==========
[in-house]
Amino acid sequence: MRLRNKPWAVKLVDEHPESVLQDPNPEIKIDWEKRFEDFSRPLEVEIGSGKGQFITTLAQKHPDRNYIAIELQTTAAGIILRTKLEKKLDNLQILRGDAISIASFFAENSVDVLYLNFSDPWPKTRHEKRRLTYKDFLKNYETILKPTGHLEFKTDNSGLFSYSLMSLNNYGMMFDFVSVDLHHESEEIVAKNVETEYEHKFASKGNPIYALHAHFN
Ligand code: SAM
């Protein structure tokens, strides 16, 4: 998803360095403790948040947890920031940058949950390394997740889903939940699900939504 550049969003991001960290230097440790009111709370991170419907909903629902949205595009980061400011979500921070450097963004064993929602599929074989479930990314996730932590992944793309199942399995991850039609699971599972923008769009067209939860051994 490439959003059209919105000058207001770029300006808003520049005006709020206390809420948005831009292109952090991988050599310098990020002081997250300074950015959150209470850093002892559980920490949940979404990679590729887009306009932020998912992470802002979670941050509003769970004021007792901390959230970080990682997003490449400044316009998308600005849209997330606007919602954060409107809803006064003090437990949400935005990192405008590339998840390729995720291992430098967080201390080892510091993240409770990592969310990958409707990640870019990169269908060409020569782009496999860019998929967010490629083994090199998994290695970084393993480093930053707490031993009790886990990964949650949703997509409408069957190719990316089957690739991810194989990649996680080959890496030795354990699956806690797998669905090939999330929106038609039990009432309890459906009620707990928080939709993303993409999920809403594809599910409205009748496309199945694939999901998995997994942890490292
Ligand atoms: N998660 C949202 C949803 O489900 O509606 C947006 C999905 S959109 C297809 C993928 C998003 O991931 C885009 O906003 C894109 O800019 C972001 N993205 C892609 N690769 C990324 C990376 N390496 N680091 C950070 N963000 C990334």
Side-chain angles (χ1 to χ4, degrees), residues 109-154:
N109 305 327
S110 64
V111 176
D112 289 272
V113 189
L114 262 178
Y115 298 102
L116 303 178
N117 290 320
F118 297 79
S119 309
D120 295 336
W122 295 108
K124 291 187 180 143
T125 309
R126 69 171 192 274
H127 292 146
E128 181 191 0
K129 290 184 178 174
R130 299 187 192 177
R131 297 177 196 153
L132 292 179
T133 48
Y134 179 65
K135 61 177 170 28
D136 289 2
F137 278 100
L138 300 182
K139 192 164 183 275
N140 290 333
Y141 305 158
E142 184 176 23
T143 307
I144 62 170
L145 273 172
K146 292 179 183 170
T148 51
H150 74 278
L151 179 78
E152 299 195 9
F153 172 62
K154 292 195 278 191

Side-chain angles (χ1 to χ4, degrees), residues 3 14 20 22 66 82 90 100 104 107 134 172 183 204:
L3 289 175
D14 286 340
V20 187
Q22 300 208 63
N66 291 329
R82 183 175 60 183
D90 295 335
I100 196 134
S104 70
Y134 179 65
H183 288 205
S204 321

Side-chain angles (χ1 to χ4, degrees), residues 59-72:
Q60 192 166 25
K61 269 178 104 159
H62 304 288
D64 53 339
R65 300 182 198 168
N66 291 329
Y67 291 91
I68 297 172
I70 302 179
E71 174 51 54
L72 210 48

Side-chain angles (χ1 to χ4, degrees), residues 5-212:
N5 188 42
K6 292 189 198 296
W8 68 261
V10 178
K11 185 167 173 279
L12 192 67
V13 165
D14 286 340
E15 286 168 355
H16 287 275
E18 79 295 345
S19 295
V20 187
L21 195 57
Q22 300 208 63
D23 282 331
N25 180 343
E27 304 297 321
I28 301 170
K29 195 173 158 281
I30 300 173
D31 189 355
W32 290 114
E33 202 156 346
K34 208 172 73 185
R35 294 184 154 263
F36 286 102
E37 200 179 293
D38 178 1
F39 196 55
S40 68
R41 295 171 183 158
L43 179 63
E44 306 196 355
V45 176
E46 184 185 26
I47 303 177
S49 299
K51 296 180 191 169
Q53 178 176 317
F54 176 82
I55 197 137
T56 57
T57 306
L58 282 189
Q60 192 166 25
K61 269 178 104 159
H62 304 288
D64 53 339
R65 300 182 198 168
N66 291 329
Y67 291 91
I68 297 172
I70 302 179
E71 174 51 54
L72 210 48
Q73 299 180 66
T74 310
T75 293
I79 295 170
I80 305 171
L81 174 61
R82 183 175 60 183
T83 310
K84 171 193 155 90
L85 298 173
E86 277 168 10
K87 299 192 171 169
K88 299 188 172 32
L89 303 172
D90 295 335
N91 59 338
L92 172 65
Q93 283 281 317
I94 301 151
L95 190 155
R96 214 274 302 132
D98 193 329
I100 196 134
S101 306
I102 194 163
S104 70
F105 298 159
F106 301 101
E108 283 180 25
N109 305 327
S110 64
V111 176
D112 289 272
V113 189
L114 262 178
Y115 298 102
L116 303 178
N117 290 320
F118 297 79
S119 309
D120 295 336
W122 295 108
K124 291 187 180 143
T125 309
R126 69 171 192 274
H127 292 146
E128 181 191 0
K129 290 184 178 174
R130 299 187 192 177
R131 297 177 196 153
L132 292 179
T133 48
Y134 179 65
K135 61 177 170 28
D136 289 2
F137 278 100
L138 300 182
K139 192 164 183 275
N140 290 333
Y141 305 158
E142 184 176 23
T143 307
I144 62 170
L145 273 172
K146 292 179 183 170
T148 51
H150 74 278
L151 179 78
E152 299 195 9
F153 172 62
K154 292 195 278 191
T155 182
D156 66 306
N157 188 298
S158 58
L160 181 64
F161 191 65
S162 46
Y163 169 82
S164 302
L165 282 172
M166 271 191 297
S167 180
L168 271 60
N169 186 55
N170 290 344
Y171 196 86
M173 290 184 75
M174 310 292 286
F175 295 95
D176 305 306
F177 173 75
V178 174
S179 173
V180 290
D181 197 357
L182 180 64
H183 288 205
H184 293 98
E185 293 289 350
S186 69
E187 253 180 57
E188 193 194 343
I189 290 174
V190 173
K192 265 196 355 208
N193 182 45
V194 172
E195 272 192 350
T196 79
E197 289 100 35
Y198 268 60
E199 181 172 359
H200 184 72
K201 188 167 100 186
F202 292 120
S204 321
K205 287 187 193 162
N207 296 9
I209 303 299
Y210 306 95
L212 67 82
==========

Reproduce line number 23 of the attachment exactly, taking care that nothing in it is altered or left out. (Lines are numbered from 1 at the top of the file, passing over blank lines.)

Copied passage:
H127 292 146